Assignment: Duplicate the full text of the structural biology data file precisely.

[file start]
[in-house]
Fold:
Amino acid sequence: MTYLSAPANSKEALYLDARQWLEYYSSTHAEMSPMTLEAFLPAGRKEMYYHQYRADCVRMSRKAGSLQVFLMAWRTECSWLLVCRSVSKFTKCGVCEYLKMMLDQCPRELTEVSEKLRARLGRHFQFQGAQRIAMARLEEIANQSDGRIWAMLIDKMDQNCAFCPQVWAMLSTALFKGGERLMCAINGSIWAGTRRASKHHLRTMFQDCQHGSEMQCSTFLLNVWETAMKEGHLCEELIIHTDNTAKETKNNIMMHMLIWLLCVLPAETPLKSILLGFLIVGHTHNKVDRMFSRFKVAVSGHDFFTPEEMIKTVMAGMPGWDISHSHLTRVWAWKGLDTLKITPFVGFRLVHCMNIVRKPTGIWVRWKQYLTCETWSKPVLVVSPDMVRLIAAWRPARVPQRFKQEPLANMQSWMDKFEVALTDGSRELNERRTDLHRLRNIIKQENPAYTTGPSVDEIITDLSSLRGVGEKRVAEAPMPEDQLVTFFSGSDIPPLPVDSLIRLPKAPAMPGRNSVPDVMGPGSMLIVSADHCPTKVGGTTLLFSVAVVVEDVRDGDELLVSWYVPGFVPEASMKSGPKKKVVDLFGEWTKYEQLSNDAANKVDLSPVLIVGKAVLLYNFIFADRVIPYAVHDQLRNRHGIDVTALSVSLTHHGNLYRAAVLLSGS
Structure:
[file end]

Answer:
[in-house]
Fold:
Amino acid sequence: MTYLSAPANSKEALYLDARQWLEYYSSTHAEMSPMTLEAFLPAGRKEMYYHQYRADCVRMSRKAGSLQVFLMAWRTECSWLLVCRSVSKFTKCGVCEYLKMMLDQCPRELTEVSEKLRARLGRHFQFQGAQRIAMARLEEIANQSDGRIWAMLIDKMDQNCAFCPQVWAMLSTALFKGGERLMCAINGSIWAGTRRASKHHLRTMFQDCQHGSEMQCSTFLLNVWETAMKEGHLCEELIIHTDNTAKETKNNIMMHMLIWLLCVLPAETPLKSILLGFLIVGHTHNKVDRMFSRFKVAVSGHDFFTPEEMIKTVMAGMPGWDISHSHLTRVWAWKGLDTLKITPFVGFRLVHCMNIVRKPTGIWVRWKQYLTCETWSKPVLVVSPDMVRLIAAWRPARVPQRFKQEPLANMQSWMDKFEVALTDGSRELNERRTDLHRLRNIIKQENPAYTTGPSVDEIITDLSSLRGVGEKRVAEAPMPEDQLVTFFSGSDIPPLPVDSLIRLPKAPAMPGRNSVPDVMGPGSMLIVSADHCPTKVGGTTLLFSVAVVVEDVRDGDELLVSWYVPGFVPEASMKSGPKKKVVDLFGEWTKYEQLSNDAANKVDLSPVLIVGKAVLLYNFIFADRVIPYAVHDQLRNRHGIDVTALSVSLTHHGNLYRAAVLLSGS
Structure: